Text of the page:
Pest Control - Bird For Pest Control
By Steff Mac
Do you like birds? If you're a gardener the answer to this question is a no-brainer. Birds are among a gardener's best friend. Why, you ask? Because birds eat bad bugs and bad bugs are a gardener's worst enemy.
In order to get them to help you with your pests, you should attract birds to your gardening area year round, even when it's not gardening season. You want to encourage them to make your yard their regular place of residence and feeding site. So if they're already there when the warm weather rolls around, they will help themselves to all the insect pests that they can eat. And in the spring, when they are trying to feed their nestlings, even the birds that are normally seedeaters, will catch bugs for you.
To encourage birds to over-winter in your yard, provide them with food. Put sunflower seeds in feeders and hang out suet to attract them.
In addition to feeders, provide habitat for your birds as well. Birdhouses and nesting boxes placed around your yard will help ensure a healthy resident population of feathered pals. And provide nesting materials in the form of hair, small pieces of string, dryer lint and twigs at various locations. Also, keep a source of water or two in the midst of your plants, and make sure you keep them filled, especially in the summer. It's best to have one traditional birdbath and one that sits on the ground. And plant a variety of trees, and shrubs including those that provide nuts, berries, sap and seeds to supplement their year-round food source.
In addition, plant native cover and vegetation to attract birds that are native to your area. Do some research to determine which types are in your area and to find out what types of vegetation they prefer. This can increase your numbers of pest eaters.
And most importantly, avoid the use of poisons and chemicals that can have an adverse effect on birds. The organic garden is the type that's most welcome for birds.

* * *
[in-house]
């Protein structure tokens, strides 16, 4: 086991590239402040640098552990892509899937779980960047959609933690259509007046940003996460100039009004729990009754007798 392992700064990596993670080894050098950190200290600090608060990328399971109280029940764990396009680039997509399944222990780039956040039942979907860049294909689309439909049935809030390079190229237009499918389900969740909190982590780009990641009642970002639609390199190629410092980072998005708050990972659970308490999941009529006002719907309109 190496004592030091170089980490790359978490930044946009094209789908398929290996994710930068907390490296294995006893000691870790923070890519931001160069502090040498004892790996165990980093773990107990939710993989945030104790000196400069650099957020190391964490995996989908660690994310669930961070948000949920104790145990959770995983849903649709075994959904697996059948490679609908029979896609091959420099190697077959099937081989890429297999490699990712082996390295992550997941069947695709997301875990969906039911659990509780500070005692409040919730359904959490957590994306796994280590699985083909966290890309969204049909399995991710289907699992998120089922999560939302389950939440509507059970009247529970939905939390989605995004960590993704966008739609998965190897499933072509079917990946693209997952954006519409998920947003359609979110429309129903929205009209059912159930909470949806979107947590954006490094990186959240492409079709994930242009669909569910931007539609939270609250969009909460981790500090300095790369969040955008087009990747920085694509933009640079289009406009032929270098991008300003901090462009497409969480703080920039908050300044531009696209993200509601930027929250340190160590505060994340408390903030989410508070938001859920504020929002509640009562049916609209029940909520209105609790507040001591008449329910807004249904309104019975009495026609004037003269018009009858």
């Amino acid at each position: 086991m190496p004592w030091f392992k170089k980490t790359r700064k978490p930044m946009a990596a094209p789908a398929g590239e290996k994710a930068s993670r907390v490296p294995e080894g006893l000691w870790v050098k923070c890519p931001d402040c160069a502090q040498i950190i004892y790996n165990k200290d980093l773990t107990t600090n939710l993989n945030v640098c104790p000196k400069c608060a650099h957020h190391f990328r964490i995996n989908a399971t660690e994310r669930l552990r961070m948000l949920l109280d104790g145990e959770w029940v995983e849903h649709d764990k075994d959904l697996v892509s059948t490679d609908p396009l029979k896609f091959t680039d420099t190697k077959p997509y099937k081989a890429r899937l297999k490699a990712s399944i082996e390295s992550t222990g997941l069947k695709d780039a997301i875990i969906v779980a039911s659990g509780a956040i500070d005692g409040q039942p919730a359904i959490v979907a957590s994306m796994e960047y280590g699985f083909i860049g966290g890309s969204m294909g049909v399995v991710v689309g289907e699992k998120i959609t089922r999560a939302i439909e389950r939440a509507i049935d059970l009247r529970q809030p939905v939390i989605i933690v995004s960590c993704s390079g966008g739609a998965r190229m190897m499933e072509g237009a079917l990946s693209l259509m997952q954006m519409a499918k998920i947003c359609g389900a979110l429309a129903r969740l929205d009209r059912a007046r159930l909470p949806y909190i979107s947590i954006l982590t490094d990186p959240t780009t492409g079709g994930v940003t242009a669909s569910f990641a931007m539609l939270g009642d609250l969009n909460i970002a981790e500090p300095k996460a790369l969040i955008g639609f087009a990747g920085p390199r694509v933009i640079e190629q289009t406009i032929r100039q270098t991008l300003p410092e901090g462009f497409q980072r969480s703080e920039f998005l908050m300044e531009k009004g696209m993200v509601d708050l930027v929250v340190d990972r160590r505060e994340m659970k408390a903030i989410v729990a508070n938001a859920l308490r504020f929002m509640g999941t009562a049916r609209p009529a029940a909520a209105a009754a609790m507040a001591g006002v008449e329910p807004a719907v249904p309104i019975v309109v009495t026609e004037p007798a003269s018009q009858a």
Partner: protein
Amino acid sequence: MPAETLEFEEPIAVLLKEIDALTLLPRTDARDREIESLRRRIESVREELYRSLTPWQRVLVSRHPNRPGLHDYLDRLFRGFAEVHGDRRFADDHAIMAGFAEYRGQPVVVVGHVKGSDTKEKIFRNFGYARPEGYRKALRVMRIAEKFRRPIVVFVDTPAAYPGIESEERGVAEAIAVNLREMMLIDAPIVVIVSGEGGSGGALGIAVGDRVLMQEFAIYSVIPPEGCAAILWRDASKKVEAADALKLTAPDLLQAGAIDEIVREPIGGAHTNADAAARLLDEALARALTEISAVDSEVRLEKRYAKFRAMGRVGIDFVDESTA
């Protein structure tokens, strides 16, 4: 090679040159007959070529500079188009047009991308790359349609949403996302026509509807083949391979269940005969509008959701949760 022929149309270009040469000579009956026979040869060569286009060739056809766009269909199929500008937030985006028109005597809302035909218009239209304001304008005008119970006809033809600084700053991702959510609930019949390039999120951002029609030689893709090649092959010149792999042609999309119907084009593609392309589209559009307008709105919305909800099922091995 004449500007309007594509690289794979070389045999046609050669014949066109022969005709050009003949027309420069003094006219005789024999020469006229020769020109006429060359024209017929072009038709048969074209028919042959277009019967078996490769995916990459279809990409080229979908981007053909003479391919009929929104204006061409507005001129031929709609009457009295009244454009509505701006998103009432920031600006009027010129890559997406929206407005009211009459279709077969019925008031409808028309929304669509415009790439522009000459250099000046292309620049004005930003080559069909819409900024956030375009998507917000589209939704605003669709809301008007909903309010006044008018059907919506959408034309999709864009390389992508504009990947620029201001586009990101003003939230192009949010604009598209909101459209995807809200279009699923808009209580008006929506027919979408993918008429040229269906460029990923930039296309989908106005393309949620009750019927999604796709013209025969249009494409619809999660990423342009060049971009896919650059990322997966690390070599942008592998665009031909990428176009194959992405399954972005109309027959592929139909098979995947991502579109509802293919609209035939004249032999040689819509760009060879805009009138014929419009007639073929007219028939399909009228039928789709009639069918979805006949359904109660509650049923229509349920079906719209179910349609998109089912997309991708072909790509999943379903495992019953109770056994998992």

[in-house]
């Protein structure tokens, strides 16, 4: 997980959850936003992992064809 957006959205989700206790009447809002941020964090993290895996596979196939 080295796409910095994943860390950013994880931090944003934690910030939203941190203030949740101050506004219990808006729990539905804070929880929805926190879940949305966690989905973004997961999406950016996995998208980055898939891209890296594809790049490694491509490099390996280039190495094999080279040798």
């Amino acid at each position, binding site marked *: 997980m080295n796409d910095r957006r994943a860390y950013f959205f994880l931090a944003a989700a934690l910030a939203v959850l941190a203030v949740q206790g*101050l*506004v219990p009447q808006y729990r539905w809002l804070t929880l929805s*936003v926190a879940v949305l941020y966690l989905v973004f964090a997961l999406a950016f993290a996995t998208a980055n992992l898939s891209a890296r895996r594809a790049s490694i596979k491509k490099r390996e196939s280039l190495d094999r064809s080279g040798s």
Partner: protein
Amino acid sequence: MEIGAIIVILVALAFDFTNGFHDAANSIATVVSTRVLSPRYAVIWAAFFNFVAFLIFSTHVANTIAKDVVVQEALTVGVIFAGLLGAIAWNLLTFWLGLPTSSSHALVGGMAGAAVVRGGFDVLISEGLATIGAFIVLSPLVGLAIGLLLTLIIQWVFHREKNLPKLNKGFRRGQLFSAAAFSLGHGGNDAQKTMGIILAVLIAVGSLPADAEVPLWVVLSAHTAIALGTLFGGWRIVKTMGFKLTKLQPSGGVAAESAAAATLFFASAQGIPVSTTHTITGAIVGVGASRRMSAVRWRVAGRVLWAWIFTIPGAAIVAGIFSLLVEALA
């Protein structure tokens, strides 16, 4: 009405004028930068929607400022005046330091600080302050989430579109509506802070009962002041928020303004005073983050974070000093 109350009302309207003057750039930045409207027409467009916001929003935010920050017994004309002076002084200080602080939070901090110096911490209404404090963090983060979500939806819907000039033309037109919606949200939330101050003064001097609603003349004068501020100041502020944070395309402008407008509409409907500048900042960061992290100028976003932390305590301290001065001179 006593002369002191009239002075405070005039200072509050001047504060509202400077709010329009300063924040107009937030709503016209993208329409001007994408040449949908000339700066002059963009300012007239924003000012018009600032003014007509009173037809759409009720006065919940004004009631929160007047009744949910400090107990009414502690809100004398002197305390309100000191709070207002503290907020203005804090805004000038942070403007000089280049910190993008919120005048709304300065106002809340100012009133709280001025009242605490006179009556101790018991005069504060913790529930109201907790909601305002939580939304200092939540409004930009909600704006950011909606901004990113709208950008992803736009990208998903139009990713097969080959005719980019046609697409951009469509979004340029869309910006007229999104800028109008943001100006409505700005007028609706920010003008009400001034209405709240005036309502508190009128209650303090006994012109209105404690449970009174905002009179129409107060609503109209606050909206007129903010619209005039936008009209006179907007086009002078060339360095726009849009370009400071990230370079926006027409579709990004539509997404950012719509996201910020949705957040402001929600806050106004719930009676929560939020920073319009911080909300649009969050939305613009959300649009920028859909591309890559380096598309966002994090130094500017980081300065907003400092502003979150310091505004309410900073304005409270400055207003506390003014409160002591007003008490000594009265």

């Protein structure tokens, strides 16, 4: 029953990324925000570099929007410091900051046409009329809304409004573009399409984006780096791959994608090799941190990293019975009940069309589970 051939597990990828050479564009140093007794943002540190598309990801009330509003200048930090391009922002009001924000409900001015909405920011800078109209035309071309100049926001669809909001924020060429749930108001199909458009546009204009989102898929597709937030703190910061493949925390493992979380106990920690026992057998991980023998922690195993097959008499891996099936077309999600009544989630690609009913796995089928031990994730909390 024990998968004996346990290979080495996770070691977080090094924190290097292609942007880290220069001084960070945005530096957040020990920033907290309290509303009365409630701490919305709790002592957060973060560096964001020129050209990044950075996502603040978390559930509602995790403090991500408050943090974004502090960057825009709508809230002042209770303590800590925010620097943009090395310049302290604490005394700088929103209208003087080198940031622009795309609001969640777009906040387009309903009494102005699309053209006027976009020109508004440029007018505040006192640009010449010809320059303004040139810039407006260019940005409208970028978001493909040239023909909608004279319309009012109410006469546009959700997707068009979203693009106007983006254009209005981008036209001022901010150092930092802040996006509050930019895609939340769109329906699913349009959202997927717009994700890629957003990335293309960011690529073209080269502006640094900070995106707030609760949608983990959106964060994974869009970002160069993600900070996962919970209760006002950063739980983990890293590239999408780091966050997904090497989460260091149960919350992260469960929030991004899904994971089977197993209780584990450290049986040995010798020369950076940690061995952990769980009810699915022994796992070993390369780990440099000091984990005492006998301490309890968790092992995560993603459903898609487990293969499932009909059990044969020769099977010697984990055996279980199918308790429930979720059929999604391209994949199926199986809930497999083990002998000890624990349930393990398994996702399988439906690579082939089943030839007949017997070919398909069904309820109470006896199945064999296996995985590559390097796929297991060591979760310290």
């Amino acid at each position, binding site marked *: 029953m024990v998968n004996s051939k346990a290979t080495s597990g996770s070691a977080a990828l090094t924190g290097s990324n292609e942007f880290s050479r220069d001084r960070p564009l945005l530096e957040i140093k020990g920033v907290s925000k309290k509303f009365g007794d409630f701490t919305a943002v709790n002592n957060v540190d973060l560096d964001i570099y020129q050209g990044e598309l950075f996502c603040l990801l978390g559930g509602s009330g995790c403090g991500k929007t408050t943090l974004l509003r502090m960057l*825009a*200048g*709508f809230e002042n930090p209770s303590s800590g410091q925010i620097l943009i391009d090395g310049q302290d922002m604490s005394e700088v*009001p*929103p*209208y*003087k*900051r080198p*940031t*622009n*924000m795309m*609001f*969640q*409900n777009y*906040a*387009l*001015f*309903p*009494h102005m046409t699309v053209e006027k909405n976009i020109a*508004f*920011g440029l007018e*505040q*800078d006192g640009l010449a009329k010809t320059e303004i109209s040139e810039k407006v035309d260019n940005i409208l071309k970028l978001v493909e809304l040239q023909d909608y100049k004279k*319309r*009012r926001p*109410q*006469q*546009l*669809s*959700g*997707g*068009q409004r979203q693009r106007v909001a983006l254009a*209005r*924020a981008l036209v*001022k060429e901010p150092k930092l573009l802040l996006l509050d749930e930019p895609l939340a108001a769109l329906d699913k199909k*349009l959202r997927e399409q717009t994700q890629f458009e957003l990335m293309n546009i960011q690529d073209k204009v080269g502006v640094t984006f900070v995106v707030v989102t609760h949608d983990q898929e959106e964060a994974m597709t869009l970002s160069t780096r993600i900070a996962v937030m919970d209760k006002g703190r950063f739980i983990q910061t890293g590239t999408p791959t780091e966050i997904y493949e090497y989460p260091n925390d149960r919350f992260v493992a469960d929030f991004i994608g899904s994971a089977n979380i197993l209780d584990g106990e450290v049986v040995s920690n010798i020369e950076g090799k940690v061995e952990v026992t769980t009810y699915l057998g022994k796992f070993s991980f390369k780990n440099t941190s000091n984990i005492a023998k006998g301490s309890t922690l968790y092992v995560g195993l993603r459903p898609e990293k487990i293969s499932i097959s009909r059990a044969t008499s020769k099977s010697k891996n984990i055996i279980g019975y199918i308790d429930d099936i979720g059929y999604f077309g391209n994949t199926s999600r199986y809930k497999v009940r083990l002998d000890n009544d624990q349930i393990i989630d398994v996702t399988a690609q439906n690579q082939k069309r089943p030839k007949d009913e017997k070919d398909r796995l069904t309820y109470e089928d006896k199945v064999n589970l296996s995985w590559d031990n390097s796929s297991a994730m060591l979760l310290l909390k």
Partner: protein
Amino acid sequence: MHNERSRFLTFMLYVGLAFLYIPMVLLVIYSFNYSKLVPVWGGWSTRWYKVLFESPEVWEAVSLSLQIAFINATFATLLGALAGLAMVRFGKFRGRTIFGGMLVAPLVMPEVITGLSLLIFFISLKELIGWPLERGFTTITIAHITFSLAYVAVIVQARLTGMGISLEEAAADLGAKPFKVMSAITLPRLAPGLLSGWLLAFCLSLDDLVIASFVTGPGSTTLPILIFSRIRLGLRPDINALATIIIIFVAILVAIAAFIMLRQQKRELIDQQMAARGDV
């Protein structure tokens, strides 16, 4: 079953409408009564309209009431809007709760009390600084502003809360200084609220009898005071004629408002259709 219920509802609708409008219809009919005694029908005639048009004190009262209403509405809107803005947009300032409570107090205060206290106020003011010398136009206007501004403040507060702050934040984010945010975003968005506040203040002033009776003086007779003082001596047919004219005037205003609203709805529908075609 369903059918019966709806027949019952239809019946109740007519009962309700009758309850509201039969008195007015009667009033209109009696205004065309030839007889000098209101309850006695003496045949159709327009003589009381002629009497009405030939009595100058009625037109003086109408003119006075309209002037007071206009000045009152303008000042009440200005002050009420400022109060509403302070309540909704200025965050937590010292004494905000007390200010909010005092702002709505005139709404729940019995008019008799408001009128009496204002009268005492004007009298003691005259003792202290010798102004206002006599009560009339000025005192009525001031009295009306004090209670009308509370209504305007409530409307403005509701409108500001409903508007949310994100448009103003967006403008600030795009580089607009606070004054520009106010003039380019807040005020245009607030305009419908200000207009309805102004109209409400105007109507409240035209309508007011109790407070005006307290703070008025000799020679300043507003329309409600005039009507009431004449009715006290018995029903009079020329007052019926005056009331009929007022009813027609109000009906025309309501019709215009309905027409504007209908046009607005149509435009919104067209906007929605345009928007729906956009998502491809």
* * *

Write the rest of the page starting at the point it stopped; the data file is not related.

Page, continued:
Following is a list of some bird insect predators:
Wrens - are big-time consumers of bugs including grasshoppers, and slugs - two of the most destructive garden bugs. Wrens will nest in a variety of places so it's not always necessary to
them with a home; just allow them to stay in the one they choose for
themselves. When nesting, they'll catch a bunch of bugs to feed their
large clutch (up to 8) of baby wrens.
Chickadees - are voracious
bug catcher. They may eat more per bird than any other including insect
scale, and caterpillars. Most of a chickadees diet is made up of insects
and most of those are baddies. Despite their small size, they can eat
over 900 insects a day.
Woodpeckers - are another terrific insect
consumer. They live is hollowed out dead trees, so if there's one on
your property that's not a danger to anyone, let it stay in order to
attract this beneficial bird.
Eastern Bluebirds - are another
fine bug eater that's worth having around (it's beautiful as well).
It will eat a number of bugs, and will nest in the nest boxes you provide
or sometimes in tree cavities. They may also nest in the holes in dead
trees and stumps that woodpeckers abandon. Bluebirds will often sit
on a perch and watch the ground and sky and when they see a meal, swoop
down to grab it.
Robins - we've all seen robins darting around
on the ground searching for worms. But while they may be looking for
and prefer worms, no robin's gonna pass up a juice bug it finds on
Orioles - eat insects and seeds. But in the summer
their main diet consists of ground bugs and those that they find on
plants. They will also fly out to catch insects in mid-air.
- are excellent at eating bugs on the wing and so will help control
your mosquito population.
These are but a few of our best insect
eating buddies. While they may not completely free you from bug concerns,
they can certainly reduce your population and make your gardening a lot more rewarding.